There is a mystery surrounding the Browns and it has something to do with receivers Joshua Cribbs and Brian Robiskie.
Cribbs has found himself in the good graces of coach Eric Mangini from the start of training camp. Robiskie might be high on Mangini's list for the future, but he's been non-existent in the first two games.
Actually, Robiskie dressed and played on special teams in the season opener, but he didn't line up at receiver. He wasn't activated for the game in Denver.
Cribbs, meanwhile, started both games. He showed a lack of polish for the position, which has inquiring minds wondering why he's getting so much playing time and Robiskie can't get on the field.
Going from being a key player at Ohio State University to standing on the sideline in street clothes in the NFL must have been difficult to deal with for Robiskie.
"It's frustrating wanting to be out there playing. That's what you do," Robiskie said.
"You want to be out there helping your teammates. You want to be out there participating and helping the guys and trying to win games.
At the same time, there are decisions that have to be made. The coaches have to figure out what numbers are best for that day and that team that we're playing. There's an element that they have to figure out. Last week I was on the other side of it."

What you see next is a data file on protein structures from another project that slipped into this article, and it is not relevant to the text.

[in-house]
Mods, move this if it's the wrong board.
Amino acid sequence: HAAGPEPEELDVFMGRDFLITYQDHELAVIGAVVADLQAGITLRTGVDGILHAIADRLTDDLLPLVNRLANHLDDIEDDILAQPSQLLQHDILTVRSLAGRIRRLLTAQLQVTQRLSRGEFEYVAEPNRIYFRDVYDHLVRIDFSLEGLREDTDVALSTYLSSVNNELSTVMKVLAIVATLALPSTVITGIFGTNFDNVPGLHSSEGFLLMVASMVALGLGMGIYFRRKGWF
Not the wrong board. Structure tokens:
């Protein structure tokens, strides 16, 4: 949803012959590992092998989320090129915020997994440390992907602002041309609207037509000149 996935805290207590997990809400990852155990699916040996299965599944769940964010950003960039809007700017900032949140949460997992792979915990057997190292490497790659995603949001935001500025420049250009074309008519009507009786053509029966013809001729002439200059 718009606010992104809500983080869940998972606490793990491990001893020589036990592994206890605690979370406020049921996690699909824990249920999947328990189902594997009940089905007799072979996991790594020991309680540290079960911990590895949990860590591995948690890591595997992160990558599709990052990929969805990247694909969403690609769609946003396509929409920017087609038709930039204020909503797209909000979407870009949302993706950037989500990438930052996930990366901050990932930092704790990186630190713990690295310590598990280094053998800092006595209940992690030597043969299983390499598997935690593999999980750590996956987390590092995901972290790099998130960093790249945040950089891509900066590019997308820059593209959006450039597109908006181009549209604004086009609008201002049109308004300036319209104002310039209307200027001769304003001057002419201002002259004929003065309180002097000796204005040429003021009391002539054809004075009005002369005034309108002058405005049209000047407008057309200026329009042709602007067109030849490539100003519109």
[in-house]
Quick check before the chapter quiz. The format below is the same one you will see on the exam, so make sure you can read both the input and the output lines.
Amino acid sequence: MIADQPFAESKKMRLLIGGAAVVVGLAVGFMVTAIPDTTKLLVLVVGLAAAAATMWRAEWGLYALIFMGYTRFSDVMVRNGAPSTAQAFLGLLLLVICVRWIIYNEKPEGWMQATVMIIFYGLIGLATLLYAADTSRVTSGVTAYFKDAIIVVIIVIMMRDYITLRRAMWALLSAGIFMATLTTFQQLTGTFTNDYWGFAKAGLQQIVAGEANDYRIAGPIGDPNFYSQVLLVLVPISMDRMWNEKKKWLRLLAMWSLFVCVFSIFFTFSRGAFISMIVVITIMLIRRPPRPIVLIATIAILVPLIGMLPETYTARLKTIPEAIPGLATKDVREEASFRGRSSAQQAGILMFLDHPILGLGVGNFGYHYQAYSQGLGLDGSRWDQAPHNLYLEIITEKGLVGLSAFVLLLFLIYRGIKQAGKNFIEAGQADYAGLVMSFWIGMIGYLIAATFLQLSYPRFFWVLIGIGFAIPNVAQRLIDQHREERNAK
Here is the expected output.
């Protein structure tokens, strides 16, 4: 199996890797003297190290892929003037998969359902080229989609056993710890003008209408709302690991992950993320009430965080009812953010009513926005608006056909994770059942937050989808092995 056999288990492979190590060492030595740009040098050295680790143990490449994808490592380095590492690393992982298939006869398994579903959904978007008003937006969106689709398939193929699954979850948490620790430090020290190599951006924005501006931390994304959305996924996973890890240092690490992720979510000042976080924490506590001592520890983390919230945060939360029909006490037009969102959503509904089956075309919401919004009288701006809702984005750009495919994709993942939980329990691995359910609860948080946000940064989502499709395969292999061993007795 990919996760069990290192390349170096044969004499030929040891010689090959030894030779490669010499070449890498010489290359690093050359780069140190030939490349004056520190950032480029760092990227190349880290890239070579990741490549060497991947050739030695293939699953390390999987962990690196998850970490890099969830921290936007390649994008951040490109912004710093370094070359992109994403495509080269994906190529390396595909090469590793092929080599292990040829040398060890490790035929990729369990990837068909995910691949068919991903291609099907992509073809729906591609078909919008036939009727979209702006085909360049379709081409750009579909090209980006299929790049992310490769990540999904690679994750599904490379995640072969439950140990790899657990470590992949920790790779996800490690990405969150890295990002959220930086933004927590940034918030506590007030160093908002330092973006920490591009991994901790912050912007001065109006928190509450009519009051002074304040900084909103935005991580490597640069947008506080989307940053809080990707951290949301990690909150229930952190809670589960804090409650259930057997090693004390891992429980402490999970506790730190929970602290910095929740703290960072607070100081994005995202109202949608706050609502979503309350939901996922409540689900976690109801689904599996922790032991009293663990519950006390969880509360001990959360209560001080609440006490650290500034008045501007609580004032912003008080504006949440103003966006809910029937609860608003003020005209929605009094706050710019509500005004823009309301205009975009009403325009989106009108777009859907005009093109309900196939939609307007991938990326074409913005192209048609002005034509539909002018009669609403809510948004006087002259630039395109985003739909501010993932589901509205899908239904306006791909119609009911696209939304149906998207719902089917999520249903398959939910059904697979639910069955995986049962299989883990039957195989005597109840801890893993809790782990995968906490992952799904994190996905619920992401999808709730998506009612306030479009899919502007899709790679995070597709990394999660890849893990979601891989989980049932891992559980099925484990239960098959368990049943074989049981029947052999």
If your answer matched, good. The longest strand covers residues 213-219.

Robiskie's lack of playing time is strange for a couple of reasons. He was a high second-round draft choice (36th overall) from a major football factory. While he doesn't possess the overall physical skills of receivers selected ahead of him, he was considered one of the most NFL-ready receivers in the draft.
Yet there he was watching the Browns lose to the Broncos while Cribbs, who's still learning the position in his fifth season, dropped one pass and fumbled away another. Mangini says that Robiskie is making progress while adding it's still all about special teams.
It's not always an easy sell to tell a high-profile rookie that he should be covering kicks and punts.
"It is (a tough sell) because obviously the rookies are the guys that have done so much for their (college) teams," Robiskie said. "That might not be something they're familiar with. A guy like Jim Brown and coaches who have been coaching a long time made it very clear what they want from their rookies.
"All the rookies know that we need to come out and try to help our team anyway we can."
Robiskie and fellow second-round draft choice Mohamed Massaquoi both looked good at times during training camp. Massaquoi, who appeared to have a slight edge, played sparingly at receiver in the first two games and has one reception for 18 yards.
Robiskie knows that it often takes time for a receiver to fully develop in the NFL.
"I think I'm continuing to learn. I think I'm continuing to grow and I've made a lot of progress," he said. "Coming in from the first day of camp until now, I think that there were definitely some things I wanted to accomplish. I feel like I've done those and I'm going to try to keep going from here."
Robiskie's introduction into the offense might take longer than expected if Cribbs develops as coaches expect. The jury is out on that project.
"I feel like I'm coming into my own," Cribbs said. "I think I'm doing a good job. It's not been a struggle at all."
It hasn't looked that way from the stands.